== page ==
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Exodus 33:17 :

And the LORD said unto Moses, I will do this thing also that thou hast spoken: for thou hast found grace in my sight, and I know thee by name.

What does God mean by knowing Moses 'by name'? Aren't we all known by our names?

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The most popular explanation for God saying, "I know thee by name" is that it demonstrates warmth towards Moses. This is a credible reason, although it fits a little awkwardly into the context.

John A Knox (Grace Track, page 29) proposes a novel explanation, saying that God was showing that nothing about Moses was hidden from God. Once again a credible reason, and once again it fits a little awkwardly into the context.

A cultural explanation may be that, to the ancients, knowing a person's name gave one power over that person. Moses replies by saying, "I beseech thee, shew me thy glory (Exodus 33:18)." I cite one example, written by Luis S. R. Vas (Experiences With The Jesus Prayer And Guidelines For Its Practice, page 57): "Biblically, knowing a person's name gave one power over that person. Name was linked with being. "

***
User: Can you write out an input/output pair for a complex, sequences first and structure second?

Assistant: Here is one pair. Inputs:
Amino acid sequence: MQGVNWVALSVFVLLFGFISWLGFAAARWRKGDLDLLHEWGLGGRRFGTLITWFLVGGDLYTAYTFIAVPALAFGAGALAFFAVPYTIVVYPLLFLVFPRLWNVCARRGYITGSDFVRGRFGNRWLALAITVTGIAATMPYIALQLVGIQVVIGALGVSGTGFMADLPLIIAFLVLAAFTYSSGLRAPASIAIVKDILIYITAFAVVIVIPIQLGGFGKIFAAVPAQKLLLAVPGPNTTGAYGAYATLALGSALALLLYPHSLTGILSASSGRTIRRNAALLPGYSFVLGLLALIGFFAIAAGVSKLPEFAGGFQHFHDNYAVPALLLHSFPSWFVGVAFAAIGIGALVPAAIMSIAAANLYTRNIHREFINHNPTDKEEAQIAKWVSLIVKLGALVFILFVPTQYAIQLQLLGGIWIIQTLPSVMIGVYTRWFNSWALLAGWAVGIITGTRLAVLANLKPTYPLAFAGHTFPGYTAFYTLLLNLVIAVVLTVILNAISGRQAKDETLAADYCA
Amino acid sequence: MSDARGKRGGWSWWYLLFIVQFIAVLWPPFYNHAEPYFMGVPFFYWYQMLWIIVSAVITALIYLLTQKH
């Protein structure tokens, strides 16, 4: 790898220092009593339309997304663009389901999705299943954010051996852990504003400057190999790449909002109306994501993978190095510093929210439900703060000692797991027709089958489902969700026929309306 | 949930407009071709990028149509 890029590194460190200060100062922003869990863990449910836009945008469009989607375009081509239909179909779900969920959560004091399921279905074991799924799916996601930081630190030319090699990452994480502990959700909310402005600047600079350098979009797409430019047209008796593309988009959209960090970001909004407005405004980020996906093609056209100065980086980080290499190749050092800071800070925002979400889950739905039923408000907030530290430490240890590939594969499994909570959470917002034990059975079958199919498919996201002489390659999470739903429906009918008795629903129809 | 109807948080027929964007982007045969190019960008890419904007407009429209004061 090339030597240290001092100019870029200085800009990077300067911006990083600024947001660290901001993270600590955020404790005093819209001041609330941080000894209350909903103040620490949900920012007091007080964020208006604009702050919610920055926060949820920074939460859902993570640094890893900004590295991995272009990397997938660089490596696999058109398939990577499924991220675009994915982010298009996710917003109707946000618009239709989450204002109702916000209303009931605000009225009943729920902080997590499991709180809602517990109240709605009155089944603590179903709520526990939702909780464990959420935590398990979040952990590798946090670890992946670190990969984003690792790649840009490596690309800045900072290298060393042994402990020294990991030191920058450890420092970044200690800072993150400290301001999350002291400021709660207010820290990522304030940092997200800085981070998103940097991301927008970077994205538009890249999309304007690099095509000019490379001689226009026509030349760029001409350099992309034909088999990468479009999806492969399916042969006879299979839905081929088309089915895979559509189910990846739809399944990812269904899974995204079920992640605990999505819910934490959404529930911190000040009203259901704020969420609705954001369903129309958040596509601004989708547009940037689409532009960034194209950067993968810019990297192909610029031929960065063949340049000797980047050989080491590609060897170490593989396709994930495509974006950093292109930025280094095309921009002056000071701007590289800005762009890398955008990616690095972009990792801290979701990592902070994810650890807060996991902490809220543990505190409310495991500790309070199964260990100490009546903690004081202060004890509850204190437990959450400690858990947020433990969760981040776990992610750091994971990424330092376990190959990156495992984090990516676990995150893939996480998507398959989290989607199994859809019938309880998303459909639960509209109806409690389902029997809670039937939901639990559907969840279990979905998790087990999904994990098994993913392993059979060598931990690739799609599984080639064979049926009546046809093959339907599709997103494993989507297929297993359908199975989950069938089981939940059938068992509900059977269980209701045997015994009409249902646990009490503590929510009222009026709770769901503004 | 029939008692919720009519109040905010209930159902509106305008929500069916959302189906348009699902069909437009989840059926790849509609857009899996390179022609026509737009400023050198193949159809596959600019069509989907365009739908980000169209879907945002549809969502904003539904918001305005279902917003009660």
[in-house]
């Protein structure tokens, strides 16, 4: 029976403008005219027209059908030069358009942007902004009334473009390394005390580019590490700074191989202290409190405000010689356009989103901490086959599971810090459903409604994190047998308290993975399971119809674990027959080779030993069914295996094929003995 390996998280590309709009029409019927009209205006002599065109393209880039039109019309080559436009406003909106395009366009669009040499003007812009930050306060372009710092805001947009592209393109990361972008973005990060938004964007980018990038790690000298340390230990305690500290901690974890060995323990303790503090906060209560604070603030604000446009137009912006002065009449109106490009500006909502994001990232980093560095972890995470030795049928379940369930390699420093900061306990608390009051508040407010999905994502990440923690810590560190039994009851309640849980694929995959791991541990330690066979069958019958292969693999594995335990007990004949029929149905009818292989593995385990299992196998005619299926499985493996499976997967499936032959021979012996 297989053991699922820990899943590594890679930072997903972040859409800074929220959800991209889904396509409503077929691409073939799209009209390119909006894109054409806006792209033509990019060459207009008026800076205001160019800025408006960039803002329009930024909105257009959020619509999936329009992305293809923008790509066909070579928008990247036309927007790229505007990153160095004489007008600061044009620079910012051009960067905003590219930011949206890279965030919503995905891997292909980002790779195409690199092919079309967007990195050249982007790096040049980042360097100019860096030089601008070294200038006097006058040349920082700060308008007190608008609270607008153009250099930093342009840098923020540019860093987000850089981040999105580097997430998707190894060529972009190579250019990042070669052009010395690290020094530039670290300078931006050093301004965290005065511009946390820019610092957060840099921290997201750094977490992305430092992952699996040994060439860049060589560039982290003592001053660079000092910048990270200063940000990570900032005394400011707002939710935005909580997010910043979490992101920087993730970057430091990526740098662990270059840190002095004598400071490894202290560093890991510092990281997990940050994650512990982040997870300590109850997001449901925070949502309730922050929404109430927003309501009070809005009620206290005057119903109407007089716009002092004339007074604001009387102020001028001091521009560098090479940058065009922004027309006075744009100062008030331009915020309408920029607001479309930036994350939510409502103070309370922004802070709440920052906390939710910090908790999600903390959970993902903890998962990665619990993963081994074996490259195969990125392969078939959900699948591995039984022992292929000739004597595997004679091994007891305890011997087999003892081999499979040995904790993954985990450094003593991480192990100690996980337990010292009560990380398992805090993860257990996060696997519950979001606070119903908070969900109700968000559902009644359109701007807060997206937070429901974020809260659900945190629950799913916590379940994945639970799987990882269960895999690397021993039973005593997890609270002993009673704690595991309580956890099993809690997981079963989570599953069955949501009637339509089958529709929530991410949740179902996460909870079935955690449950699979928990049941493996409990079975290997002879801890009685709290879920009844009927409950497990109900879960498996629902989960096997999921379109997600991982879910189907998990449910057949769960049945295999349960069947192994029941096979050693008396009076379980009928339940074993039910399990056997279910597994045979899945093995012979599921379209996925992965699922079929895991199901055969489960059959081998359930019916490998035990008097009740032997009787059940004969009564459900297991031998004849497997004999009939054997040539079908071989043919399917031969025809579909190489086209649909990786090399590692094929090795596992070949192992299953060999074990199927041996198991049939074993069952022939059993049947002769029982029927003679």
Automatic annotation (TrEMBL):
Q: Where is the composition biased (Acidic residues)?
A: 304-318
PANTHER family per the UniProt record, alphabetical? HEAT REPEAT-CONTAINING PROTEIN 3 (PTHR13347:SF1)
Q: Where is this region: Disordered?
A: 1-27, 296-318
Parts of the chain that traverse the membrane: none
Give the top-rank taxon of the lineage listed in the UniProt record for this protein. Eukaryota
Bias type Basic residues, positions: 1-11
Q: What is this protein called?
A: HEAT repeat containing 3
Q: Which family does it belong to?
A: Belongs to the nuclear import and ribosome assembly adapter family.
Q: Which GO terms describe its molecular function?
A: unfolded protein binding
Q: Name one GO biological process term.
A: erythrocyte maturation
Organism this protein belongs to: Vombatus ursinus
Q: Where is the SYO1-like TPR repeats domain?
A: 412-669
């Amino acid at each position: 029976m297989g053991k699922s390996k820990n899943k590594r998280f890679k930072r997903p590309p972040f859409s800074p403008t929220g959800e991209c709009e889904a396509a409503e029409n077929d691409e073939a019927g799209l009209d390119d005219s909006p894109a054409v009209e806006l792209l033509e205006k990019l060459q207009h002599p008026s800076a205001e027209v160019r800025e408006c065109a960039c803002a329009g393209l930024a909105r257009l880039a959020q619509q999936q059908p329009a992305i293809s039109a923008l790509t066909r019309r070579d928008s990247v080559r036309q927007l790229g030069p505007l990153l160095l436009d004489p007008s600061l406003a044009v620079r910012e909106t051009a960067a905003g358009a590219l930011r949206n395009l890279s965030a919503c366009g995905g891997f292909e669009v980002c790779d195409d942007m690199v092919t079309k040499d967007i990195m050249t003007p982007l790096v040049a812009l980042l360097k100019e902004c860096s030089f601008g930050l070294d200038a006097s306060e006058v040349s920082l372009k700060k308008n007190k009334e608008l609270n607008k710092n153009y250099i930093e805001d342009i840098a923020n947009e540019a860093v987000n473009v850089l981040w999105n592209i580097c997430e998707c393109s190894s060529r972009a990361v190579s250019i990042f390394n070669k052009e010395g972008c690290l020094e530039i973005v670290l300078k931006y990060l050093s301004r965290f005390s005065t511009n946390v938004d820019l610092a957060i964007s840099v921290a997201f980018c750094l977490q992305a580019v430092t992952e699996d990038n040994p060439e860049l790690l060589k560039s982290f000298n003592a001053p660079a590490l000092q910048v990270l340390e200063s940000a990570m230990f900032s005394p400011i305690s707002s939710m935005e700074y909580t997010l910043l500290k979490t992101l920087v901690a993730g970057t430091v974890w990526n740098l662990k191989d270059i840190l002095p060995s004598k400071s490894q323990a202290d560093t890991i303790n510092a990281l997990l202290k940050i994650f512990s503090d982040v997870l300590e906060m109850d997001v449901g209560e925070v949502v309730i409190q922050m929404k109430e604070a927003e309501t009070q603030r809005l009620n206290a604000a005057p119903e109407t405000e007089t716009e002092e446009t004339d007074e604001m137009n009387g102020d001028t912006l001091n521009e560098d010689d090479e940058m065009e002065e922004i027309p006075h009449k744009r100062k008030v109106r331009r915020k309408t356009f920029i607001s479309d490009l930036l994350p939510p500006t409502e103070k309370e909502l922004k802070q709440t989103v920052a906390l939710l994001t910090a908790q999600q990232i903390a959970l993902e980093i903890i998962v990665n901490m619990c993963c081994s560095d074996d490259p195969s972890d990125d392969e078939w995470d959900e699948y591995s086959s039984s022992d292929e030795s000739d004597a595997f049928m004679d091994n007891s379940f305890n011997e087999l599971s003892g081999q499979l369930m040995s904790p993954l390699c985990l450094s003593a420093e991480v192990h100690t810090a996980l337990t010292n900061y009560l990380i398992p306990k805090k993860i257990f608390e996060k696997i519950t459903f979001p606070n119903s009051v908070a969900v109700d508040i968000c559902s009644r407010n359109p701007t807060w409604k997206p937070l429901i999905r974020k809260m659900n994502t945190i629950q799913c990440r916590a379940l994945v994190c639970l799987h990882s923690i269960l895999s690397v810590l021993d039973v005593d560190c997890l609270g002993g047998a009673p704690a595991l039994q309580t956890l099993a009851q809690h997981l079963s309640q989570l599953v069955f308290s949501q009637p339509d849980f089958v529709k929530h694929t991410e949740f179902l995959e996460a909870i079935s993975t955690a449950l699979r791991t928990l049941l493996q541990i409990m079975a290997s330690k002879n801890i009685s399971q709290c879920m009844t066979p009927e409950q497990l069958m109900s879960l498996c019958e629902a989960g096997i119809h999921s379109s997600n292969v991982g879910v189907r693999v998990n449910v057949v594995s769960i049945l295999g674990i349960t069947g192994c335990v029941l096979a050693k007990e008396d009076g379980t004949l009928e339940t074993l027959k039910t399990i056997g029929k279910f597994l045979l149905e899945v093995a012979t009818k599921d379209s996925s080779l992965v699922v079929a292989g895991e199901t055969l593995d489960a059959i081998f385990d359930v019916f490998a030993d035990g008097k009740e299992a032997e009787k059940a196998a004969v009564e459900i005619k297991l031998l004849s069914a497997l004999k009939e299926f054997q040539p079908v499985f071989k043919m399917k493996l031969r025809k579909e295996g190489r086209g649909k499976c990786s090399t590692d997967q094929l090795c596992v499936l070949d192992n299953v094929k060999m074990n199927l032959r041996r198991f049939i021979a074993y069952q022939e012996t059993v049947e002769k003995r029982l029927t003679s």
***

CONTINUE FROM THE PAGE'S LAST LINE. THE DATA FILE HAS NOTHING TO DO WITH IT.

Conversely, Marvin A. Sweeney (Tanak: A Theological and Critical Introduction to the Jewish Bible) suggests that when God answered Moses by saying "I am that I am" (Exodus 3:14) that this is a deliberate ploy to protect the holy name by declining to state it to Moses.

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  • @ Dick Hartfield, thanks for the info. As yourself observed, the first answer is a bit of a farfetch, yet it's true that Moses was a unique case to the Most High. Also I agree with the 3rd option as the true answer, BUT only in part, because of it's scriptural support in a name being an allusion to intrinsic power. However we differ in your saying that when 'Jack' gets to know 'Jill's name, it gives Jack power over Jill, and that this is biblical. With this I disagree.. Do you see what this means when a man learns the name of God? – Witness Aug 2 '16 at 23:16
  • @ Dick Hartfield, This is the same concept in calling Bezaleel(Ex 31:2) and many others by name. Another case is the numbering and He calling the stars by their names in Psalms 147. Majority superficially understand by this verse that God commits to memory name tags of stars when it's really about creating every angel with specific powers to minister, Psalm 104:4.A distinctive illustration of this figure is the dialogue between the Most High in the burning bush where Moses asks for a simple label but the Most High answers in a context of 'being' or His 'essence', the true biblical name. – Witness Aug 2 '16 at 23:34
  • Hi @Witness I agree that the supposed power is not real, so when 'Jack' gets to know 'Jill's name, it gives Jack no power over Jill. However, I explained this as a cultural explanation in the ancient world. I have also added a citation from Sweeney, that may confirm the third explanation, by showing that God originally declined to tell Moses his true name. – Dick Harfield Aug 2 '16 at 23:44

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